Tag Archives: Grant

Out Into the World

Dear Grant,

So Friday is the big day, huh? College.


College? How did THAT happen?

I looked at some pictures today of the campus at good ole’ F.U. and it got me all verklempt. It’s a beautiful place, filled with shiny happy people and I have a good feeling that you will grow there, from the kind and clever young man you already are into an even truer version of yourself.

There will be some rough spots along the way, no doubt. I was dying to go to college back in 1879, but even though I had dreamed of getting there for so long, I still turned my face to the wall and cried a few tears after the lights went out on that first night. There I was, under that brand new comforter and in sheets right out of the box–on my own and out in the world. Alone? Not really, but kind of more alone than I had been up to that point in my life.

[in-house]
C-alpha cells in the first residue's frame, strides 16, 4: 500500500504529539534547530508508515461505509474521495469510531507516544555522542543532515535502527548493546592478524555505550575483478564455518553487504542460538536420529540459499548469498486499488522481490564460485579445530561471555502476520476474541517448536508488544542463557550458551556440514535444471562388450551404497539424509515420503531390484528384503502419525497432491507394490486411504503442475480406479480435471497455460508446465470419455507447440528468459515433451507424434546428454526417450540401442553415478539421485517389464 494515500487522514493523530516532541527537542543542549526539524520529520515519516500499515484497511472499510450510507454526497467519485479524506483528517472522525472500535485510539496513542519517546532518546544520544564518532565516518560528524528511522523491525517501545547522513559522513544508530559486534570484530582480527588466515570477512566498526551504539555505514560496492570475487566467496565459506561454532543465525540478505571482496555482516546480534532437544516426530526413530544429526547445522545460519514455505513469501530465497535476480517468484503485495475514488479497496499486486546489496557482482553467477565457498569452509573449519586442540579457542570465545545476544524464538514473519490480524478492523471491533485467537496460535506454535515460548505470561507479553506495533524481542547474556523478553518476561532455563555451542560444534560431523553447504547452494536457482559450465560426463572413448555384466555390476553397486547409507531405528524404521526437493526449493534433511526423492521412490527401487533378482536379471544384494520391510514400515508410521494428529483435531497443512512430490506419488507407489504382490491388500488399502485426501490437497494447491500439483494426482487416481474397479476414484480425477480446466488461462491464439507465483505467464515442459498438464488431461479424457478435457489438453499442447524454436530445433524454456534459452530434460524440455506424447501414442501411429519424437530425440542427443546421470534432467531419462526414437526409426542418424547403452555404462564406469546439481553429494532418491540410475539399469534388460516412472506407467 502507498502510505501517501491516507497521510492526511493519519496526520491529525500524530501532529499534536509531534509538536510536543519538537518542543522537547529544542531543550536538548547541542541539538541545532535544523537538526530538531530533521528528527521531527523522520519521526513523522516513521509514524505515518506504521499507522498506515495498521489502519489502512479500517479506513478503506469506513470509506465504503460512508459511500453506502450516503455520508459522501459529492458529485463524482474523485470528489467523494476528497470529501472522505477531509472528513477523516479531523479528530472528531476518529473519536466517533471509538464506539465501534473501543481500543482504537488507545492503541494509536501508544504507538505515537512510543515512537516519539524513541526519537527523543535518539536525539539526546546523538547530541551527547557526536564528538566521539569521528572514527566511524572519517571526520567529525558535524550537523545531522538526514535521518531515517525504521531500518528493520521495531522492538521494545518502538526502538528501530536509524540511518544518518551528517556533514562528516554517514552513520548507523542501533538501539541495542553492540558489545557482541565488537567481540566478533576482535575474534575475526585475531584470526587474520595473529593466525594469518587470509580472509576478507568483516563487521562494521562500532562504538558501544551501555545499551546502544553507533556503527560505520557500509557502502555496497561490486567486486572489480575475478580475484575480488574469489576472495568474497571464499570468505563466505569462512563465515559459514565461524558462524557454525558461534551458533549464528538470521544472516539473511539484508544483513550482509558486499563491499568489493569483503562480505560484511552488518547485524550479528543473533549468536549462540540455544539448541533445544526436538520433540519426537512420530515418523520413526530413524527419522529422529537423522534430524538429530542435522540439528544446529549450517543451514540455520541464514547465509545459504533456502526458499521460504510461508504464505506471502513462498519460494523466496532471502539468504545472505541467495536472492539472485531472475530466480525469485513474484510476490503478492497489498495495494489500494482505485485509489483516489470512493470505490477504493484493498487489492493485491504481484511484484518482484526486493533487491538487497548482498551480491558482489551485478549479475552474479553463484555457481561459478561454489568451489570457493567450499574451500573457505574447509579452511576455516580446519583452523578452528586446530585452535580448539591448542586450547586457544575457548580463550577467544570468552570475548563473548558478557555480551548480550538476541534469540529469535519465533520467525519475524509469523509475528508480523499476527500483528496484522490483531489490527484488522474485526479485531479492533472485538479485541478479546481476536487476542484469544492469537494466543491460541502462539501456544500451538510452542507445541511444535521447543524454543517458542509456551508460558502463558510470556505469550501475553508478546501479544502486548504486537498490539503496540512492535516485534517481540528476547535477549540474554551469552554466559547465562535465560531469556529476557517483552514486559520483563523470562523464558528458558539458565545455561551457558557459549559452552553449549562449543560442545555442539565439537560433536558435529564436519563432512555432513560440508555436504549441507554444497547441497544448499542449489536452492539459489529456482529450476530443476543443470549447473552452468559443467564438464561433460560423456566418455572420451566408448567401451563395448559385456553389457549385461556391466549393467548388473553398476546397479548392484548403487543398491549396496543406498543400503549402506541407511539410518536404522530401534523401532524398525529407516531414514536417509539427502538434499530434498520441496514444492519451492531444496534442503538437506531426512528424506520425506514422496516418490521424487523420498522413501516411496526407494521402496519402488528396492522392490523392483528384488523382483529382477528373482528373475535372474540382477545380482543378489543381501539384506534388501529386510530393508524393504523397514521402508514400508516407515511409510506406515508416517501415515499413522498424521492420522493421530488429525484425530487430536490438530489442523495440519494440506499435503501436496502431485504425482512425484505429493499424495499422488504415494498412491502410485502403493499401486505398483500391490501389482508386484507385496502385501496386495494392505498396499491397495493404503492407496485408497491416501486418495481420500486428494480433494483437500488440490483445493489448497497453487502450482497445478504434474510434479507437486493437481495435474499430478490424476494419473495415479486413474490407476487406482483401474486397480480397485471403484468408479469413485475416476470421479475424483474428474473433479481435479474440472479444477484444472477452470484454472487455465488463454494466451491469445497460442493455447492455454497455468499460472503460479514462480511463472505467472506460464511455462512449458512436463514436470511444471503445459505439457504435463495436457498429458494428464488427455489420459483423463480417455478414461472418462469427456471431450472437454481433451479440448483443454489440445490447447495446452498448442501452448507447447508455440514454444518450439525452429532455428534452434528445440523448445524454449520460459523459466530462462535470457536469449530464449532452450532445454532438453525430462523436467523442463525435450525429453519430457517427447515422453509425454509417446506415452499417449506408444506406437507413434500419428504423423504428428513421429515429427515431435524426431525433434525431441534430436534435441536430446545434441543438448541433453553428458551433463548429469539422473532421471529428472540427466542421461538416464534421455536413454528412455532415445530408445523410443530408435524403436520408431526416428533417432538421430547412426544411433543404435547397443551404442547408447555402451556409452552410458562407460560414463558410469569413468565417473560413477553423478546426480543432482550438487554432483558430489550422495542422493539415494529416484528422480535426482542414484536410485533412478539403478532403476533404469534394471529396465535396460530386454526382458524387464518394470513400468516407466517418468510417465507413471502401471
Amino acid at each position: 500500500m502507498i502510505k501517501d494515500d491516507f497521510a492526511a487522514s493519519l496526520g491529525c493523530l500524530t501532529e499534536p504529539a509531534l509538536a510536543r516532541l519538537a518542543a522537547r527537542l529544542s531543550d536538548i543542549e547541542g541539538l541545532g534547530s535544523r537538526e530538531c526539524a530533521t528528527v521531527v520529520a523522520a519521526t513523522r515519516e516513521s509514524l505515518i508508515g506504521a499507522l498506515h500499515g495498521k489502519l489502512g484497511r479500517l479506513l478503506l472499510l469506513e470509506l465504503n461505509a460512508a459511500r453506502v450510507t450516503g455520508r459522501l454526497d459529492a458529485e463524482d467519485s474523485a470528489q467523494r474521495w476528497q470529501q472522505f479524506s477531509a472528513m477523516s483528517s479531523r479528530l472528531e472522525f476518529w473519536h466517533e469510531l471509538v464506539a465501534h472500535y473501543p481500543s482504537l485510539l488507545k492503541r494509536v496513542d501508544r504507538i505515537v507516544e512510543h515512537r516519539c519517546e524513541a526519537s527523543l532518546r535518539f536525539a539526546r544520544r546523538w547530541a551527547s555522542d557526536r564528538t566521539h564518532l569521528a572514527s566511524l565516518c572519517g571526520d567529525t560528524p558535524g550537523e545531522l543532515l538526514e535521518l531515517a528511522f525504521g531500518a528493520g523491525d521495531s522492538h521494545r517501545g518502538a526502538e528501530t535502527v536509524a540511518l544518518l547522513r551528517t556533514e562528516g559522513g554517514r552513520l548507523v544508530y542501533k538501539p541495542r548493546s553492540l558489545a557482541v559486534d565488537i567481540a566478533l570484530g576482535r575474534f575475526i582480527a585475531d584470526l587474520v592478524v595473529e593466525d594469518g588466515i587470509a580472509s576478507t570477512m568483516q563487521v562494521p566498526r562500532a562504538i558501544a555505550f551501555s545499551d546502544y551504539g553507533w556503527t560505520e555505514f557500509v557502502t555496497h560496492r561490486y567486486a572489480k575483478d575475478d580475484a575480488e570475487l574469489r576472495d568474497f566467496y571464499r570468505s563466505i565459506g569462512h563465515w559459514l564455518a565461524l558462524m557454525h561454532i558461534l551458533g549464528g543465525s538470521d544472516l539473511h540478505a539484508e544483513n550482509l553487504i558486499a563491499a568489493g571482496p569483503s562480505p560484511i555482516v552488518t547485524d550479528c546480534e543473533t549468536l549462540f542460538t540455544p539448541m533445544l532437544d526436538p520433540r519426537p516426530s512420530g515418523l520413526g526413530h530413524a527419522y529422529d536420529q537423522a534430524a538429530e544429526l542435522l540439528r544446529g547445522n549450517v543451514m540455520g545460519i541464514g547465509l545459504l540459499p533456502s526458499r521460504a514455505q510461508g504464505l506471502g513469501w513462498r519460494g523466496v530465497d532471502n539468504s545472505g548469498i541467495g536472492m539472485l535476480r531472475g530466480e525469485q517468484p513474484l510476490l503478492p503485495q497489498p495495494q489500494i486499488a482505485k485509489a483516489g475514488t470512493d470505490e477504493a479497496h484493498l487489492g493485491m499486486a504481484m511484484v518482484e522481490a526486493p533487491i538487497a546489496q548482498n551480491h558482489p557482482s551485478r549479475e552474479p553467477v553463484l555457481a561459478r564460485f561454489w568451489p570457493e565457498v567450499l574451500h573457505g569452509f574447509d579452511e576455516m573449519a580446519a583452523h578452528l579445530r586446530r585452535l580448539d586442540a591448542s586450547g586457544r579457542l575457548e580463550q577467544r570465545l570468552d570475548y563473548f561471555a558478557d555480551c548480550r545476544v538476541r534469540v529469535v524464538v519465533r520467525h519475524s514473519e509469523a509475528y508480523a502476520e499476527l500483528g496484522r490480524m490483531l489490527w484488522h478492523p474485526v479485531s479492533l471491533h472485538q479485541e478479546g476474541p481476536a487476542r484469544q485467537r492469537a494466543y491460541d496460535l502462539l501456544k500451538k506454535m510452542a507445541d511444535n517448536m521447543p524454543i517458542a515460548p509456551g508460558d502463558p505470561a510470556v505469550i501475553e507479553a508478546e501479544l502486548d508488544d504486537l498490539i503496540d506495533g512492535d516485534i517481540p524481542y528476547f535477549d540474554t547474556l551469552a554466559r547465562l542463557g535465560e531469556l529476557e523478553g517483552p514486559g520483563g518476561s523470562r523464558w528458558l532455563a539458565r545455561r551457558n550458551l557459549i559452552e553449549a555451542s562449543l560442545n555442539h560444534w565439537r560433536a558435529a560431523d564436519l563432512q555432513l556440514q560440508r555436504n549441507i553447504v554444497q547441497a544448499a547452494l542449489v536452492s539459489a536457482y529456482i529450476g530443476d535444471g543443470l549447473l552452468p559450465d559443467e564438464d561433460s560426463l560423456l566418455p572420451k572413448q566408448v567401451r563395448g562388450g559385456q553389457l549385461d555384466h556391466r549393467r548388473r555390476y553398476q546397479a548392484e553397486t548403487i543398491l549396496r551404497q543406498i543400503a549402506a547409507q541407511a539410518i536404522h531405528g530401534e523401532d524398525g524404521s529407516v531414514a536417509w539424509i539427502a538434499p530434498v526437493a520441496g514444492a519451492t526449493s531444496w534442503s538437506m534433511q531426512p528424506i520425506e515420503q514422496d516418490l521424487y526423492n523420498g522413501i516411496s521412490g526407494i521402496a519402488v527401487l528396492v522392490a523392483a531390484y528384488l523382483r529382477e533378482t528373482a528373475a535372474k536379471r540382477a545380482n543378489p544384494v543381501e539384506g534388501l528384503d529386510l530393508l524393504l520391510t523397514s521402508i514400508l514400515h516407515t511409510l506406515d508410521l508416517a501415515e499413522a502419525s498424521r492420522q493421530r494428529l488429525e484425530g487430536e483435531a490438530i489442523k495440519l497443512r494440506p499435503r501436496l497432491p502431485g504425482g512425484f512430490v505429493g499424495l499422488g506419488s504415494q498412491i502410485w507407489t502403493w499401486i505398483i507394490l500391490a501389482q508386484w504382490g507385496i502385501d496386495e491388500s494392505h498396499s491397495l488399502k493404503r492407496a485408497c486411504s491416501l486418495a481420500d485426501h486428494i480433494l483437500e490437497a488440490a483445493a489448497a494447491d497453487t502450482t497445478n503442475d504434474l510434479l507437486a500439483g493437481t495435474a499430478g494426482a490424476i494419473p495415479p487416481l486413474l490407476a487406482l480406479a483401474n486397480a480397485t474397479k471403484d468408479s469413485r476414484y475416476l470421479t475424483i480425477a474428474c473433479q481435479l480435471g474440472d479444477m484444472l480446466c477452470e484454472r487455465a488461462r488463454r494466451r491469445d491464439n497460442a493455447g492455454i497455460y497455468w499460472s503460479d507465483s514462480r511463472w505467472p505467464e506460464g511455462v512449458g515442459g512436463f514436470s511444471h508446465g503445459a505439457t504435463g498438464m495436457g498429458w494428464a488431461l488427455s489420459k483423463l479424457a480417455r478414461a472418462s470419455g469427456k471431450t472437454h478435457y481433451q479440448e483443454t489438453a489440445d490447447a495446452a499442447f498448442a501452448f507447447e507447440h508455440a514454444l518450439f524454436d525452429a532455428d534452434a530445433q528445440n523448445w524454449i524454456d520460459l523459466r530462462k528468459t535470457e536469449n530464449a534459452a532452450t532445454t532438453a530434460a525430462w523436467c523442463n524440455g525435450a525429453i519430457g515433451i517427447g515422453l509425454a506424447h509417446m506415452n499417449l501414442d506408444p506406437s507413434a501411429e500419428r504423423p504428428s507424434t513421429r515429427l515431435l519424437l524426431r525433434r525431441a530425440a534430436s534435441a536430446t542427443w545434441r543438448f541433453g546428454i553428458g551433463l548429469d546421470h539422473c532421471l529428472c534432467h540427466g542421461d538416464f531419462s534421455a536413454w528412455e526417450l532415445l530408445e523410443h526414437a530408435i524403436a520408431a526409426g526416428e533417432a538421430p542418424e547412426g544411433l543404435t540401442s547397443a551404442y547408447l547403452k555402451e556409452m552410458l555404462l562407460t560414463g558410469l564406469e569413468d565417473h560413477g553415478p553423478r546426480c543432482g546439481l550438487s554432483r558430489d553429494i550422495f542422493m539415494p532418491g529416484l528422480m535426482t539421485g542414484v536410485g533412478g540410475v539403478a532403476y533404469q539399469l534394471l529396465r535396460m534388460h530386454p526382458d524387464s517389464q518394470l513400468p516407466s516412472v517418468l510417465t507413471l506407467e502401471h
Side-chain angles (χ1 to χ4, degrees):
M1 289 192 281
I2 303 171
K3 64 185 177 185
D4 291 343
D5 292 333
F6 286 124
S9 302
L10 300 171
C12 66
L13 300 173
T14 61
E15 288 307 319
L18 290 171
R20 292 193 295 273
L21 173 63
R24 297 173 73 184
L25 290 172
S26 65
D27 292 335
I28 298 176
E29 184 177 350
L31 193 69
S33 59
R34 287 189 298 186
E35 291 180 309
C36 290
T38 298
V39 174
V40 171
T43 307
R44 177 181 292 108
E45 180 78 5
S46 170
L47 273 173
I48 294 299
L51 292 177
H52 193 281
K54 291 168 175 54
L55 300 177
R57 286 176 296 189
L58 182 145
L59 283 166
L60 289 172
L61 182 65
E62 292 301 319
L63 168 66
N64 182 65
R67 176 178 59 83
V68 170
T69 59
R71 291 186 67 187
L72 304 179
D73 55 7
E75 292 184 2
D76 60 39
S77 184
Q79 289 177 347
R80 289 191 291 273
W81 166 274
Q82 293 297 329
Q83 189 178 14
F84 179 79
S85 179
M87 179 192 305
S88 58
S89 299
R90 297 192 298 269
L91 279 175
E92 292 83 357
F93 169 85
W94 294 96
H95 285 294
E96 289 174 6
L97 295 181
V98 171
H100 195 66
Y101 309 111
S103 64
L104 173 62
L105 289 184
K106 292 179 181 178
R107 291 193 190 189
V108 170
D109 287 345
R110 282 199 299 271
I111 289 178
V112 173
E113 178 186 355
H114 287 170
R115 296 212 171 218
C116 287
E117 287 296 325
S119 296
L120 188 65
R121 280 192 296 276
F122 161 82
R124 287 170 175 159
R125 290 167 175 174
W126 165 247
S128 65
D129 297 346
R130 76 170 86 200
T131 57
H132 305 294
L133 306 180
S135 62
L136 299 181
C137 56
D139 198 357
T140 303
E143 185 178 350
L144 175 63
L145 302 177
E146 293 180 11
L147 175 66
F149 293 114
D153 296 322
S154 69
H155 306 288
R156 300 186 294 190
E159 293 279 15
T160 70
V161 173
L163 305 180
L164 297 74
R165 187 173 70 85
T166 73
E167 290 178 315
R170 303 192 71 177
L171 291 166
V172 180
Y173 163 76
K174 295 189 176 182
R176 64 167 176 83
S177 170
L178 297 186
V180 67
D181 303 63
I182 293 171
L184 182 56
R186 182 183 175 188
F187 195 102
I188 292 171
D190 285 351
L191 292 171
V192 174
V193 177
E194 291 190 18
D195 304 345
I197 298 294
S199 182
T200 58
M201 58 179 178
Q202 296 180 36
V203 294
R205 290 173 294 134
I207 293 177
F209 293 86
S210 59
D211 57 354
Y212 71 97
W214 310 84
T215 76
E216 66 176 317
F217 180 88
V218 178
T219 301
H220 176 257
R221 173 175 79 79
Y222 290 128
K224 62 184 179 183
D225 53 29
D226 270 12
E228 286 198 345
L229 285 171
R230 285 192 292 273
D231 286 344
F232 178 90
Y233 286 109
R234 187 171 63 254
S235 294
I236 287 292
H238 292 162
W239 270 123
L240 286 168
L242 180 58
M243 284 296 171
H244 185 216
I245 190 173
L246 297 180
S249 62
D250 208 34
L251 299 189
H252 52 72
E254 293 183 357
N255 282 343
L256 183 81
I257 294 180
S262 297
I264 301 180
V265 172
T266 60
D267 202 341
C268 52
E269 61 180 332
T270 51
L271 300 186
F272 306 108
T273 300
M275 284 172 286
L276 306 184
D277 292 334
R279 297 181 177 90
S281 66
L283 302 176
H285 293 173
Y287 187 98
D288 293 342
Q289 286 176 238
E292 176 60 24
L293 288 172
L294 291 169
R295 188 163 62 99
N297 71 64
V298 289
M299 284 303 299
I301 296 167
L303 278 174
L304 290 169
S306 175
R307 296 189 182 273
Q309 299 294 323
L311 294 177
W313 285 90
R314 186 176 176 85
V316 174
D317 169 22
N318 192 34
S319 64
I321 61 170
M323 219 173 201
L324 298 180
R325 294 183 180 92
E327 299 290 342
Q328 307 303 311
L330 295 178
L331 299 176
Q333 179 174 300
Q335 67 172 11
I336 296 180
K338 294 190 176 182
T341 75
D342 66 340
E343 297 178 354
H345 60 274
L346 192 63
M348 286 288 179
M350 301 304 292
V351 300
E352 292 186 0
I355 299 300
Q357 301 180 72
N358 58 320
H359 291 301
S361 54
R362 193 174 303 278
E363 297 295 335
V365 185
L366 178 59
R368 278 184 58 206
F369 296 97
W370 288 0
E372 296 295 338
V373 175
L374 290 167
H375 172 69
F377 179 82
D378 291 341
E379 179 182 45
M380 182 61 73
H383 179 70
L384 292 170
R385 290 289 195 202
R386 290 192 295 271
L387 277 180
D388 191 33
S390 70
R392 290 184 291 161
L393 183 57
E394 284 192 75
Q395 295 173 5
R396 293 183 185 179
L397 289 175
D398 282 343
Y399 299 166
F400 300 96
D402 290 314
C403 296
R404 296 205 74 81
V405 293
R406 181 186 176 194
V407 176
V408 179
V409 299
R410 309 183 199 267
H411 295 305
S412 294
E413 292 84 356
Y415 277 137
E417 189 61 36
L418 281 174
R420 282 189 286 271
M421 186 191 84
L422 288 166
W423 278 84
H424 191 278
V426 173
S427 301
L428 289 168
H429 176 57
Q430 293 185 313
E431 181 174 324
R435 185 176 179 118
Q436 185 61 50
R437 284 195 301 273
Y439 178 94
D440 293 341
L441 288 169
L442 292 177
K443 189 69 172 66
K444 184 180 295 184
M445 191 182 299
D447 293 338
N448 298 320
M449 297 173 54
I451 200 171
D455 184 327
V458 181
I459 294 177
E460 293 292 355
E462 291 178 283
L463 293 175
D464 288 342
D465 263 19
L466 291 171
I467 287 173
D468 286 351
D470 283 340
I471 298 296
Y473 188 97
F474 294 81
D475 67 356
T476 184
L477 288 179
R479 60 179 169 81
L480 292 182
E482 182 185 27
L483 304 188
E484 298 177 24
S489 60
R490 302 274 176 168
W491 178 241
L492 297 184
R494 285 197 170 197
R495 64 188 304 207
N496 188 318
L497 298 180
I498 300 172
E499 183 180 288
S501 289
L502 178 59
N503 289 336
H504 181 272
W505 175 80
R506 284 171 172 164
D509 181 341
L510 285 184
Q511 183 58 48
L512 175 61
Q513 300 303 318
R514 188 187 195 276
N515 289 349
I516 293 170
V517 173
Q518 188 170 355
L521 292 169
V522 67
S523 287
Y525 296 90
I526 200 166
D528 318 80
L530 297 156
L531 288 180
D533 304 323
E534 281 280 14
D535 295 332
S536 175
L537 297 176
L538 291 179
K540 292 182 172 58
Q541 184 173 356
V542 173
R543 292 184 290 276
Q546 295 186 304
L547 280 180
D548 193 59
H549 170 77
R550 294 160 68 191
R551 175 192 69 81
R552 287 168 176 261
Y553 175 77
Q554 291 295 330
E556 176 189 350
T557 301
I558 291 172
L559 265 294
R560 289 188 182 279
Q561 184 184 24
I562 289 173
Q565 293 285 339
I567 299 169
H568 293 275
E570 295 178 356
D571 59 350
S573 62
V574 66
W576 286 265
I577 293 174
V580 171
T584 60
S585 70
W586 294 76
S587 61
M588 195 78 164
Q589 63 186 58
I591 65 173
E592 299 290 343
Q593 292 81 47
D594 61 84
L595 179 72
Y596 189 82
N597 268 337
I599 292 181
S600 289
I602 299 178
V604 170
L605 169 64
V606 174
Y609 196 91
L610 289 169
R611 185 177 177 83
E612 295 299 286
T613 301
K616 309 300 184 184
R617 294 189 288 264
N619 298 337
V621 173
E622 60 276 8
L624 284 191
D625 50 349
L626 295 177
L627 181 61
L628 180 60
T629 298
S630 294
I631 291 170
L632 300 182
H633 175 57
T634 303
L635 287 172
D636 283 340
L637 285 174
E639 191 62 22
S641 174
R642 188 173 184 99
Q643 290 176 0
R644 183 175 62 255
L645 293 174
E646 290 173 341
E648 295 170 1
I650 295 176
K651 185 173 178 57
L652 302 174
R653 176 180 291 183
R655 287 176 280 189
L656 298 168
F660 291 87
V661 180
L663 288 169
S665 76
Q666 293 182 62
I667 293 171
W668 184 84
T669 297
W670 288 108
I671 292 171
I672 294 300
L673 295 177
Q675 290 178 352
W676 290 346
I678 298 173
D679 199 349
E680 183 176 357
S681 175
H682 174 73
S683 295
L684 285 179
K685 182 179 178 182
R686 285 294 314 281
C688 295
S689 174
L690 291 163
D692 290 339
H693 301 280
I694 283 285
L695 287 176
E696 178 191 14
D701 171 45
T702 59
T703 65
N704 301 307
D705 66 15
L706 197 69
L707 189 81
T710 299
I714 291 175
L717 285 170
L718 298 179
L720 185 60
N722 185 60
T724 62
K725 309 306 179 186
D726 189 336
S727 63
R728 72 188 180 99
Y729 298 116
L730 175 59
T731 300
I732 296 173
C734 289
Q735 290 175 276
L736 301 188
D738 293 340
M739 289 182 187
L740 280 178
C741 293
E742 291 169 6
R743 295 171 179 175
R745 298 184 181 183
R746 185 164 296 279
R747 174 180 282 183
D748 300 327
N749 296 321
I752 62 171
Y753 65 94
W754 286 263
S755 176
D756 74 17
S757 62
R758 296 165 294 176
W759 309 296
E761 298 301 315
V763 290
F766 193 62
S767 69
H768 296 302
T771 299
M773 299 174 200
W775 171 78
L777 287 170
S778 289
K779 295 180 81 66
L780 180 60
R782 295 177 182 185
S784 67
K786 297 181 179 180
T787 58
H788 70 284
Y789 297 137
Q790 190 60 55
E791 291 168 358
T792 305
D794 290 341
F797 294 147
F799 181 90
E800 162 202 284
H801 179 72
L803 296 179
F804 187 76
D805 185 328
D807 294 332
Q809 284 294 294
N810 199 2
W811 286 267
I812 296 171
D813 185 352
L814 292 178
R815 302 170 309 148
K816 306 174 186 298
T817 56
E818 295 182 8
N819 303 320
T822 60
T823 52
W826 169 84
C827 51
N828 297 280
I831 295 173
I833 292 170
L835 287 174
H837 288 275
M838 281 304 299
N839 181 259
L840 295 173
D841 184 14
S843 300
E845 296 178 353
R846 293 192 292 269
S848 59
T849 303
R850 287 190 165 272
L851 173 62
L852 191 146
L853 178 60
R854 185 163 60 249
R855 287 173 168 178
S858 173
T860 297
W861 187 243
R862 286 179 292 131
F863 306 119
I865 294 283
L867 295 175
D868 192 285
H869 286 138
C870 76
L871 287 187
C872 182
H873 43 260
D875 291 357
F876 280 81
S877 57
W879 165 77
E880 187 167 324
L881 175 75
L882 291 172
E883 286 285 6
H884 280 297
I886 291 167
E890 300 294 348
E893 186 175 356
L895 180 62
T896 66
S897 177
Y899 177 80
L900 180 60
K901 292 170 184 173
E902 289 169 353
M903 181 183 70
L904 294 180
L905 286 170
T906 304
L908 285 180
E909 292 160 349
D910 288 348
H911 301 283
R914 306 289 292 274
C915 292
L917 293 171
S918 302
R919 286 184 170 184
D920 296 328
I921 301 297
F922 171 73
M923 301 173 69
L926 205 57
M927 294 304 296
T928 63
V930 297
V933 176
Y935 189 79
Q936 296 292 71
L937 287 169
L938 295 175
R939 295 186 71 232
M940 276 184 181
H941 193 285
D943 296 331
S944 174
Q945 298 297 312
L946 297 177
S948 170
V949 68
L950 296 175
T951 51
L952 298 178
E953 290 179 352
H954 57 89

So if you get a little lonesome Friday night and start to feeling alone in the world, I hope you will think back to these few stories and know that you are 100%, unequivocally loved by me and everyone else in this big messy family.

I came to meet you in the hospital right after you were born, but the nurses had you in the fishbowl for some nursey kind of stuff. We didn’t get to meet that day. Instead, your dad showed me a video that he had made right after you were born. In the frame you see your mom beaming with happiness. The nurses had you in the bassinet to do the Apgar test and get you cleaned up and you were screaming and yowling and shaking with fury. There you were out in the world for the first time and you were NOT HAVING IT. In the video, Joe walked over to where you are and reaches out his big ole finger. He said something calming, like “Hey, buddy” and he touched you on the arm very gently. You immediately stopped crying (and he started).

About three weeks later, you came to my house for a visit:

grant 4

Yes, we had pink carpet. It was awful. So was that marriage, but that’s another story for a different day. You were out in the world for real, out in the suburbs. I still didn’t get to hold you that day. Papa did. He held you in his lap and cried because he loved you so much. I’m glad y’all share a name. I’m glad we all share a name.